Biography Vincenzo Cohen (birth name, Vincenzo Cohen) is an Italian classically trained nature painter and photographer. In 2005 he graduated in Fine Arts from Fine Arts Academy and in 2007 he achieved the second master's degree in Archaeology from la Sapienza University in Rome. Polyhedric artist, his eclectic production is the result of a continuous process of historical scientific research addressed to the representation of cultural content with a social and naturalistic background.
Vincenzo is involved in wildlife conservation and he travels through Africa and the Middle East to get inspiration for his art production. His work consists of reworking life and travel experiences through an expressionist language, using photography or through the combination of both artistic techniques.
Terrestrial ecosystems and their wildlife are suffering from habitat loss and degradation at an unprecedented scale, with the main drivers being land-use change and exploitation. Add to this illegal taking and illegal killing of wildlife and climate change, and we have significant and growing pressure on wild species of fauna and flora. Environmental crime has become the fourth largest crime at the global level. These are the results of the majority of humankind being born into eco-pathic societies that teach our youngest that we’re the pinnacle of creation, dominating all other species on earth and fostering the human-centric belief that earth’s resources are ours for the taking. COP26 is a suitable event for a stocktake on human behavior.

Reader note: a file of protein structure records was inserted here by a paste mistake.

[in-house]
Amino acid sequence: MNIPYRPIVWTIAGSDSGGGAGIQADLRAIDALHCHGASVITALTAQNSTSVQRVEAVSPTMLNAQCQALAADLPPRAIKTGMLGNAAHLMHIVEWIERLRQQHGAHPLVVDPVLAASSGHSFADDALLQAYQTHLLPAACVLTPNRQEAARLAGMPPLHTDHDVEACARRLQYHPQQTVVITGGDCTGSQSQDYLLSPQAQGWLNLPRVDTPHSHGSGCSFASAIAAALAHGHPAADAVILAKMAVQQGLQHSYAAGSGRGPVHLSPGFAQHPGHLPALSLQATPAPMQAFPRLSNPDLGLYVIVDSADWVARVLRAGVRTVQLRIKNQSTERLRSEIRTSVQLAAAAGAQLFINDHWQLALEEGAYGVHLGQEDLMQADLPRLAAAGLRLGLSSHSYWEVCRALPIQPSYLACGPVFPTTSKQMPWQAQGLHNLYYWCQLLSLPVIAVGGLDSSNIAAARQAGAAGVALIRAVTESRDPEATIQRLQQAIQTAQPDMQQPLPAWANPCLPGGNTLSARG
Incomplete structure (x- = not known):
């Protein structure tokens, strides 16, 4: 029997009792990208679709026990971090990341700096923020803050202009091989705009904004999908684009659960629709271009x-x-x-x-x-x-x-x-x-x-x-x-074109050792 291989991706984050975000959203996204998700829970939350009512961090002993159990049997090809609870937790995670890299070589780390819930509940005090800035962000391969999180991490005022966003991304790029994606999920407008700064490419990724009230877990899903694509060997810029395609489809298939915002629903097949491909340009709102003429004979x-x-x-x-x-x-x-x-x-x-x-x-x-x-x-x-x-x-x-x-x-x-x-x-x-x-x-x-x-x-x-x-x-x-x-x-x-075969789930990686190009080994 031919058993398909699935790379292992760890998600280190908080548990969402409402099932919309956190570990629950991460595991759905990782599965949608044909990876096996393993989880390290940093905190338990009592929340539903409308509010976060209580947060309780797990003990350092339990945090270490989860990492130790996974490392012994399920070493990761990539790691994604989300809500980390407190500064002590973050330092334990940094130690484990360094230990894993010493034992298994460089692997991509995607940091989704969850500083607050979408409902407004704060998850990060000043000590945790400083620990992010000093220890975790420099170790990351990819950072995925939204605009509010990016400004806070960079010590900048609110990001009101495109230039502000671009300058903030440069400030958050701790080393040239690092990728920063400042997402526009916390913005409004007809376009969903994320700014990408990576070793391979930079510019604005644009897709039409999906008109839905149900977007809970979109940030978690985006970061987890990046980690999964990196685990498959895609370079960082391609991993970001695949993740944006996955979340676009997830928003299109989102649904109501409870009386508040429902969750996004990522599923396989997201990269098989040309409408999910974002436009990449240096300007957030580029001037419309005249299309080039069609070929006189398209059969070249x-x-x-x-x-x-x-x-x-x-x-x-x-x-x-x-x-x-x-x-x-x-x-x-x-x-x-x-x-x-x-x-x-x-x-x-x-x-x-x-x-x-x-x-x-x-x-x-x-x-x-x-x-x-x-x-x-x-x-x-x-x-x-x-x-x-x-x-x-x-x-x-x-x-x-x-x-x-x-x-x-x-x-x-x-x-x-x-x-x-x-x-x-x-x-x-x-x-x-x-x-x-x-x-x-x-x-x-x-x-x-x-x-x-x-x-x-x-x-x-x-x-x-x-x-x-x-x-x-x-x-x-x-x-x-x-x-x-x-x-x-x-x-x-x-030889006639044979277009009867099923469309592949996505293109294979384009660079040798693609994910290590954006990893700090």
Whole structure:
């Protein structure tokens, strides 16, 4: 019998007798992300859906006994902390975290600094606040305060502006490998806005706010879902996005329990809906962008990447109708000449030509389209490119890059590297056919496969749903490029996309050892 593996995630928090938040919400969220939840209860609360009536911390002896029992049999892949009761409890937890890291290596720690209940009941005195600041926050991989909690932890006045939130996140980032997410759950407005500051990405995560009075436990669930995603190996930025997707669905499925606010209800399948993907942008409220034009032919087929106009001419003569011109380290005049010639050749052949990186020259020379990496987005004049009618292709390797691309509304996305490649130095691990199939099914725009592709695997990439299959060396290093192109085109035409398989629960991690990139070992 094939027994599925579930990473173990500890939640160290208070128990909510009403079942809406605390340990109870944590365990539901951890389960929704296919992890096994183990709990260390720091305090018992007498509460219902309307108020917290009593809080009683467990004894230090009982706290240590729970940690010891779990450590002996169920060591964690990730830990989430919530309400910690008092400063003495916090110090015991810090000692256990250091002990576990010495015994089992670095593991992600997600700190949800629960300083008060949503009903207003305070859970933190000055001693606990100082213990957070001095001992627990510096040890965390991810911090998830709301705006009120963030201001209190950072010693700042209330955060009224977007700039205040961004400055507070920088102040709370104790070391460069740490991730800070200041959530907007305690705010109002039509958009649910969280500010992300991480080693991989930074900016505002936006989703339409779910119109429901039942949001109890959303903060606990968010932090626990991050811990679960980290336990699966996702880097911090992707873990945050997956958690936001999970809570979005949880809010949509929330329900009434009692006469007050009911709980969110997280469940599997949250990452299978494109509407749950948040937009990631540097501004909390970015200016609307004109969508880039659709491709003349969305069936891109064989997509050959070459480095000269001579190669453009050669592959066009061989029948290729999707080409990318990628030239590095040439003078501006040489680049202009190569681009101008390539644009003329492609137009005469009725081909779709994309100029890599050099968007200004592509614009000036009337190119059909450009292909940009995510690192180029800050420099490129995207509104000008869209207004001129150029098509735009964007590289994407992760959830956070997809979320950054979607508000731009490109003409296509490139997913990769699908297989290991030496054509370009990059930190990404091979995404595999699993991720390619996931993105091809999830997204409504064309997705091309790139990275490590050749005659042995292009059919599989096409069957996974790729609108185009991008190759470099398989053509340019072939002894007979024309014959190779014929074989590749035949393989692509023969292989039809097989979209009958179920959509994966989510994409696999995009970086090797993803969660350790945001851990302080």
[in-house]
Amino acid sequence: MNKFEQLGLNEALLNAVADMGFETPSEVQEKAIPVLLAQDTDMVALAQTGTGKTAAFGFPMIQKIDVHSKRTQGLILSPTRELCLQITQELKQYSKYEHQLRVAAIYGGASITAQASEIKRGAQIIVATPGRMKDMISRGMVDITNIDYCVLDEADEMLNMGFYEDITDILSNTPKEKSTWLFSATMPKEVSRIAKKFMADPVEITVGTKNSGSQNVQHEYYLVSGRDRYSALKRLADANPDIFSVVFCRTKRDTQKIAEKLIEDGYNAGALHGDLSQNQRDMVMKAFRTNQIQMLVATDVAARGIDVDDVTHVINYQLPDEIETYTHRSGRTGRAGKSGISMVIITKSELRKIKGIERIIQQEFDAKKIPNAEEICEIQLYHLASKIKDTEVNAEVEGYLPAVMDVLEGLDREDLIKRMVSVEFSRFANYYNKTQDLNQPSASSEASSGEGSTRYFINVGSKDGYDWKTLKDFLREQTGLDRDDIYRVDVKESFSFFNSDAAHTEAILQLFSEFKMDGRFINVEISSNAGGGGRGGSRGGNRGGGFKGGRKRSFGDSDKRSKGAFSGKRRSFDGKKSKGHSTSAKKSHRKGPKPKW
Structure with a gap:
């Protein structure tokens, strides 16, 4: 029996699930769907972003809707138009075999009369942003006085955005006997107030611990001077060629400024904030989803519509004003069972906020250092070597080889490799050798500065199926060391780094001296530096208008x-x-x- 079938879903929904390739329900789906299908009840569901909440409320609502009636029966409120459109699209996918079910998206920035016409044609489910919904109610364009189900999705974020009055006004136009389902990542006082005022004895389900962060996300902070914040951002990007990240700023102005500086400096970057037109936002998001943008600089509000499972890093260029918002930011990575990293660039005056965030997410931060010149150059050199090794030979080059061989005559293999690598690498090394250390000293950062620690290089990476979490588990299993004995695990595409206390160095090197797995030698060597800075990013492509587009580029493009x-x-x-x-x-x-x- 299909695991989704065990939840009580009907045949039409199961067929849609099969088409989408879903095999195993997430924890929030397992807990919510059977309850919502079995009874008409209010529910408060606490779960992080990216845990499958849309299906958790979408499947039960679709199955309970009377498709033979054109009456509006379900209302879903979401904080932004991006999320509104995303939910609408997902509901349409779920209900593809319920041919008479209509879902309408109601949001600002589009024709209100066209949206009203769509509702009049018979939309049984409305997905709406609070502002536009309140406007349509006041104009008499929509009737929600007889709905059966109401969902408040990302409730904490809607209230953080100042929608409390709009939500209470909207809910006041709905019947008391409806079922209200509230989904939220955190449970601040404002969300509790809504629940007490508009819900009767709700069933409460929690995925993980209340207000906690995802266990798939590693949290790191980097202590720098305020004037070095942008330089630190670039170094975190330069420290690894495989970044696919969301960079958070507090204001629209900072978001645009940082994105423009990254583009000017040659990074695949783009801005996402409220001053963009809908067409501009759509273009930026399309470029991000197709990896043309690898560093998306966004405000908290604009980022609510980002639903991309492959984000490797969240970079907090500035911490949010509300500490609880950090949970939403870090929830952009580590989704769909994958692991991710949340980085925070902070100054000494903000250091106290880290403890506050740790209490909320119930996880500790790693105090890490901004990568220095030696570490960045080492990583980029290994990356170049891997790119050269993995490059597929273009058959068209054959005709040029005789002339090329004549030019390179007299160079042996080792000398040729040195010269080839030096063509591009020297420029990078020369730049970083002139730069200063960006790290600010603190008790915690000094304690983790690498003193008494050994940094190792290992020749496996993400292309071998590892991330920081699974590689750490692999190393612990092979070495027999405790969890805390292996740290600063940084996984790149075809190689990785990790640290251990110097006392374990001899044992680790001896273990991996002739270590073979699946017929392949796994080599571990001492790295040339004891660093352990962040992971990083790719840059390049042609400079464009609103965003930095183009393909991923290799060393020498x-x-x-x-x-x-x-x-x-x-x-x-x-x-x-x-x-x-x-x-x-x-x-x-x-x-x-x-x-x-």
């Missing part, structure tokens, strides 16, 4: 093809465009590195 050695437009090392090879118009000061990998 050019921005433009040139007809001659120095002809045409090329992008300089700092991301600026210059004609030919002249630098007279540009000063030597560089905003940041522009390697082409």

We must acknowledge that trends in habitat loss and deterioration have been less severe, or even avoided in areas held or managed by Indigenous Peoples and local communities. Called Tribal Peoples, First Peoples, Native Peoples, and Indigenous Peoples, these original inhabitants call themselves by many names in their more than 4,000 unique languages and constitute about 6.2% of the world’s population. It is estimated that Indigenous territories contain 80% of the earth’s biodiversity and this is no coincidence: it’s the Indigenous Knowledge, cultures, rituals that we can learn from. They respect and understand that the human species is intertwined in the web of life with all other species, flora, and fauna. It's our duty to protect the Indigenous Peoples who are increasingly under assault from extractive industries such as mining, oil exploration, logging, and agro-industrial projects. Without their knowledge, there is little hope for our human species or our animal companions.